1. Set the oven to 180 degrees C.

2. Blend all the batter ingredients together, and make 4 x 9" crêpes (I never bother to let the batter rest, I don't see the point; this amount of batter will make more crèpes than you need, but it's difficult to reduce the quantities any further - I always refrigerate or freeze the surplus crêpes for future use). Cover them with clingilm once done, to prevent them from becoming leathery as they sit.

3. Melt the Butter or Fat in a large frying pan. Dice the Leek, Carrots and Mushrooms very finely to make a mirepoix, and sauté for about ten minutes or so. Once the vegetables have all satisfactorily collapsed, add the wine, raise the heat and reduce the liquid to nothing. Taste, and correct the seasoning.

4. Carefully scrape all of the lamb jellified cooking juices into a small pan, and then remove all of the meat from the shank and cut into approximately 1 cm pieces. Give the bone to the dog.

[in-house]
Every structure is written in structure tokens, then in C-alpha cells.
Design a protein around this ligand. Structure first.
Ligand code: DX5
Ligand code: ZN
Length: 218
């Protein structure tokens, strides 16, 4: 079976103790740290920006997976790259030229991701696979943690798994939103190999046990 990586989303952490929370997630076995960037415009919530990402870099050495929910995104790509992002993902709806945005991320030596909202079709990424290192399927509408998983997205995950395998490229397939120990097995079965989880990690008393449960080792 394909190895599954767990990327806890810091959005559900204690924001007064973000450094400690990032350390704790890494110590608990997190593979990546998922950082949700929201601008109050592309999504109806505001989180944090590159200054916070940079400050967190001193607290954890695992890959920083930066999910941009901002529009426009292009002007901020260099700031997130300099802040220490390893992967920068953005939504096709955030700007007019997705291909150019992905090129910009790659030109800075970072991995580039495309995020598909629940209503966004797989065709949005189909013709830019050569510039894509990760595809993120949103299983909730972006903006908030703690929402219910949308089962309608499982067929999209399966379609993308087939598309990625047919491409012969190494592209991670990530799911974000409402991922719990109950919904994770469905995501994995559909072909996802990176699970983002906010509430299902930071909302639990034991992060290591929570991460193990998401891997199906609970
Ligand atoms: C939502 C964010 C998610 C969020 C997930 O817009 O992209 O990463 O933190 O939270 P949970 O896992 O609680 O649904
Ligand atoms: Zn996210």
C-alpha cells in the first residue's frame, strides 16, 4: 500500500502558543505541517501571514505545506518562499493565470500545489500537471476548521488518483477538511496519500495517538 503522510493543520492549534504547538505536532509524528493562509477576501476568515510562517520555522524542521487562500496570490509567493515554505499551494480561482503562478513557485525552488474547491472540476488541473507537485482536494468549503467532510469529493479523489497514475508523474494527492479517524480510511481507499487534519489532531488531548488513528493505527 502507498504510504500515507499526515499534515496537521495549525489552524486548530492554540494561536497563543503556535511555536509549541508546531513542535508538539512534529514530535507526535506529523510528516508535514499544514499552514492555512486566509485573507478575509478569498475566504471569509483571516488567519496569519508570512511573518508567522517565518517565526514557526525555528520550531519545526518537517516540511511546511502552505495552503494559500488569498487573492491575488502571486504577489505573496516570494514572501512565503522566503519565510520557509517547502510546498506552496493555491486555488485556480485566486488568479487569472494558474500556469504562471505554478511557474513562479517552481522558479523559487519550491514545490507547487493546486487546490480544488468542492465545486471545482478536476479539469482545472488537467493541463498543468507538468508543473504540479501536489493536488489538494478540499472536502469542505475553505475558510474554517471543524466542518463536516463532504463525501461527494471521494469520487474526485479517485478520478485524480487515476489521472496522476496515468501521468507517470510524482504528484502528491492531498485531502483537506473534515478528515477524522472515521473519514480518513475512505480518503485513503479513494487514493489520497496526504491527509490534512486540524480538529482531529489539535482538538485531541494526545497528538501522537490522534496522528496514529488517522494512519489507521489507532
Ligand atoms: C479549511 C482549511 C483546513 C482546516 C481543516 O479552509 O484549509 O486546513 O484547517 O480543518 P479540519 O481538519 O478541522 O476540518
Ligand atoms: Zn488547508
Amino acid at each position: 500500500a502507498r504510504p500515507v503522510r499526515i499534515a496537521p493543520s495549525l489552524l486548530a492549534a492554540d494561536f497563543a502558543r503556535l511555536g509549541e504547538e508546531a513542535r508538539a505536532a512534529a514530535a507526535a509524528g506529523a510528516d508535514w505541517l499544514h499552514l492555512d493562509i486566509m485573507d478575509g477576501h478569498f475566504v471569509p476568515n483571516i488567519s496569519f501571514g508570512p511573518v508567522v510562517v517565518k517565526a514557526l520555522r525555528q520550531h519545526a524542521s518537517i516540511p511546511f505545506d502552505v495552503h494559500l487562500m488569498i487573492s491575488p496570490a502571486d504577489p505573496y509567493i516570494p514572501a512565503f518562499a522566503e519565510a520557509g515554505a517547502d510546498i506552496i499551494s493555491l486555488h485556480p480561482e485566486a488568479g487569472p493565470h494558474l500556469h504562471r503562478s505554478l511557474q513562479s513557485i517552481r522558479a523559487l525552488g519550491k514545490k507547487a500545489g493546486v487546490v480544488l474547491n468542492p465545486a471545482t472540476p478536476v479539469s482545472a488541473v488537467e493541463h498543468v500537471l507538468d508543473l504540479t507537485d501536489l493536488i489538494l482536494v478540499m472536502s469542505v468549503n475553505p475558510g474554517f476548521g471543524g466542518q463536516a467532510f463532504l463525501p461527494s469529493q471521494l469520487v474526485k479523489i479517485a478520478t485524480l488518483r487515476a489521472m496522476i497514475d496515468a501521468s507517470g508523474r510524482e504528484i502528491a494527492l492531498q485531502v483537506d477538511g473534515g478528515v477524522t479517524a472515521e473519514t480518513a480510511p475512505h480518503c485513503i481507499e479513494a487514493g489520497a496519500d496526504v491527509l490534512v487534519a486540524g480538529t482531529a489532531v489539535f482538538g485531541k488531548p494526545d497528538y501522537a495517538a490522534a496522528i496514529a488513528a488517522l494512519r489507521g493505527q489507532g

5. On a greased baking tray, put two metal serving rings, also greased - I use some which are about 2" tall, which are perfect for this. If you don't have appropriate rings, then large ramekins, greased, would probably work pretty well, too.
Into each ring, lay a crêpe so that it lines the ring and hangs over the sides, making it easy to fill it. In the base of each crêpe put a generous spoonful of mirepoix, followed by half of the diced lamb, then finish with the rest of the mirepoix. Fold the edges of the crêpe in and over the filling, to make a neat parcel.

6. Over the top of each Célestine put a square of aluminium foil, to stop it from drying out, and then put them into the pre-heated oven for about twenty minutes. Meanwhile, heat the reserved sauce in the small pan.

To serve, remove the foil and carefully invert the Célestines onto heated serving plates, and spoon the heated sauce over the top.